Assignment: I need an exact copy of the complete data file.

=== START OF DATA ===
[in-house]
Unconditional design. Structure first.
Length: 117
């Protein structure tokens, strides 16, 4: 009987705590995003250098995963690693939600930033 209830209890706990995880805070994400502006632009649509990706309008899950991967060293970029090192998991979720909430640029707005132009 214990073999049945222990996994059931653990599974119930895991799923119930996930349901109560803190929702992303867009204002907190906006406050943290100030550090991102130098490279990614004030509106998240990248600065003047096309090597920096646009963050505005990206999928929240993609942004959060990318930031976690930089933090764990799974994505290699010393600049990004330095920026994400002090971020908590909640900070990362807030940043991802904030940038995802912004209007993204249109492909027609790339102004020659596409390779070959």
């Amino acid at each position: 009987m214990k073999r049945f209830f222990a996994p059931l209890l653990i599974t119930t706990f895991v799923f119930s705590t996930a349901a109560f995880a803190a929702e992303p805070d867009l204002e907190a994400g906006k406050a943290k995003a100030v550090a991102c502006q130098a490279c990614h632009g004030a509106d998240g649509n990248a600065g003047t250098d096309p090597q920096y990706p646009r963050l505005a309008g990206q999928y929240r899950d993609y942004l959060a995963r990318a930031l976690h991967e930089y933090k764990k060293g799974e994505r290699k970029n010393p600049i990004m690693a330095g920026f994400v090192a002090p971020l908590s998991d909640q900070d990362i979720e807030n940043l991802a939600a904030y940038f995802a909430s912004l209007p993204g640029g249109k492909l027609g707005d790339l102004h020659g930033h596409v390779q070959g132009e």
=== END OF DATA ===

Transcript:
[in-house]
Unconditional design. Structure first.
Length: 117
């Protein structure tokens, strides 16, 4: 009987705590995003250098995963690693939600930033 209830209890706990995880805070994400502006632009649509990706309008899950991967060293970029090192998991979720909430640029707005132009 214990073999049945222990996994059931653990599974119930895991799923119930996930349901109560803190929702992303867009204002907190906006406050943290100030550090991102130098490279990614004030509106998240990248600065003047096309090597920096646009963050505005990206999928929240993609942004959060990318930031976690930089933090764990799974994505290699010393600049990004330095920026994400002090971020908590909640900070990362807030940043991802904030940038995802912004209007993204249109492909027609790339102004020659596409390779070959």
């Amino acid at each position: 009987m214990k073999r049945f209830f222990a996994p059931l209890l653990i599974t119930t706990f895991v799923f119930s705590t996930a349901a109560f995880a803190a929702e992303p805070d867009l204002e907190a994400g906006k406050a943290k995003a100030v550090a991102c502006q130098a490279c990614h632009g004030a509106d998240g649509n990248a600065g003047t250098d096309p090597q920096y990706p646009r963050l505005a309008g990206q999928y929240r899950d993609y942004l959060a995963r990318a930031l976690h991967e930089y933090k764990k060293g799974e994505r290699k970029n010393p600049i990004m690693a330095g920026f994400v090192a002090p971020l908590s998991d909640q900070d990362i979720e807030n940043l991802a939600a904030y940038f995802a909430s912004l209007p993204g640029g249109k492909l027609g707005d790339l102004h020659g930033h596409v390779q070959g132009e």